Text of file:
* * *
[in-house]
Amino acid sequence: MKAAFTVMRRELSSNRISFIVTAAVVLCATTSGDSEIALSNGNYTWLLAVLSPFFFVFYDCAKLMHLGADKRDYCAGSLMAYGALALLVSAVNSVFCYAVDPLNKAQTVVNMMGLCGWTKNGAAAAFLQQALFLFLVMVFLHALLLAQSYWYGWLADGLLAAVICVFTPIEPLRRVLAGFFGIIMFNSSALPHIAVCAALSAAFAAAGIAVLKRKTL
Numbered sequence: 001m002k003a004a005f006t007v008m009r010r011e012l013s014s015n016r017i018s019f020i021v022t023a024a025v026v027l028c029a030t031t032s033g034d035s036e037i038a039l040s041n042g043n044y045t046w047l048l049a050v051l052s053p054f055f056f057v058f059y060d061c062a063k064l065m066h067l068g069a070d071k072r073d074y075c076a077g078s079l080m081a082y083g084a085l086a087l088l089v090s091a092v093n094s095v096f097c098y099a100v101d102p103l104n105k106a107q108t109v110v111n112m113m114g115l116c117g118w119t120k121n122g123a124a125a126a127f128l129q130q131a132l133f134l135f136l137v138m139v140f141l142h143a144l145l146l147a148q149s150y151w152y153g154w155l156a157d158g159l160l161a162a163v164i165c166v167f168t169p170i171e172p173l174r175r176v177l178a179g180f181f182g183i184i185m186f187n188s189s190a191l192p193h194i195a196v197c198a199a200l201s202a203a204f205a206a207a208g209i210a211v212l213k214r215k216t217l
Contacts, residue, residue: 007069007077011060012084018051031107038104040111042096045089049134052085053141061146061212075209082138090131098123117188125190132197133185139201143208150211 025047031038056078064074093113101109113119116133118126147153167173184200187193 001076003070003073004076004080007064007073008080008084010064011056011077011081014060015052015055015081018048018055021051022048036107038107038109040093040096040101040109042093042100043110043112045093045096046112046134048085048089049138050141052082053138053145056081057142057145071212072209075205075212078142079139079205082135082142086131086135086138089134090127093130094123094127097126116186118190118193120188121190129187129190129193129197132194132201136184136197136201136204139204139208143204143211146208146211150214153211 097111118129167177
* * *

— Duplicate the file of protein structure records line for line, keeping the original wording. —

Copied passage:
[in-house]
Amino acid sequence: MKAAFTVMRRELSSNRISFIVTAAVVLCATTSGDSEIALSNGNYTWLLAVLSPFFFVFYDCAKLMHLGADKRDYCAGSLMAYGALALLVSAVNSVFCYAVDPLNKAQTVVNMMGLCGWTKNGAAAAFLQQALFLFLVMVFLHALLLAQSYWYGWLADGLLAAVICVFTPIEPLRRVLAGFFGIIMFNSSALPHIAVCAALSAAFAAAGIAVLKRKTL
Numbered sequence: 001m002k003a004a005f006t007v008m009r010r011e012l013s014s015n016r017i018s019f020i021v022t023a024a025v026v027l028c029a030t031t032s033g034d035s036e037i038a039l040s041n042g043n044y045t046w047l048l049a050v051l052s053p054f055f056f057v058f059y060d061c062a063k064l065m066h067l068g069a070d071k072r073d074y075c076a077g078s079l080m081a082y083g084a085l086a087l088l089v090s091a092v093n094s095v096f097c098y099a100v101d102p103l104n105k106a107q108t109v110v111n112m113m114g115l116c117g118w119t120k121n122g123a124a125a126a127f128l129q130q131a132l133f134l135f136l137v138m139v140f141l142h143a144l145l146l147a148q149s150y151w152y153g154w155l156a157d158g159l160l161a162a163v164i165c166v167f168t169p170i171e172p173l174r175r176v177l178a179g180f181f182g183i184i185m186f187n188s189s190a191l192p193h194i195a196v197c198a199a200l201s202a203a204f205a206a207a208g209i210a211v212l213k214r215k216t217l
Contacts, residue, residue: 007069007077011060012084018051031107038104040111042096045089049134052085053141061146061212075209082138090131098123117188125190132197133185139201143208150211 025047031038056078064074093113101109113119116133118126147153167173184200187193 001076003070003073004076004080007064007073008080008084010064011056011077011081014060015052015055015081018048018055021051022048036107038107038109040093040096040101040109042093042100043110043112045093045096046112046134048085048089049138050141052082053138053145056081057142057145071212072209075205075212078142079139079205082135082142086131086135086138089134090127093130094123094127097126116186118190118193120188121190129187129190129193129197132194132201136184136197136201136204139204139208143204143211146208146211150214153211 097111118129167177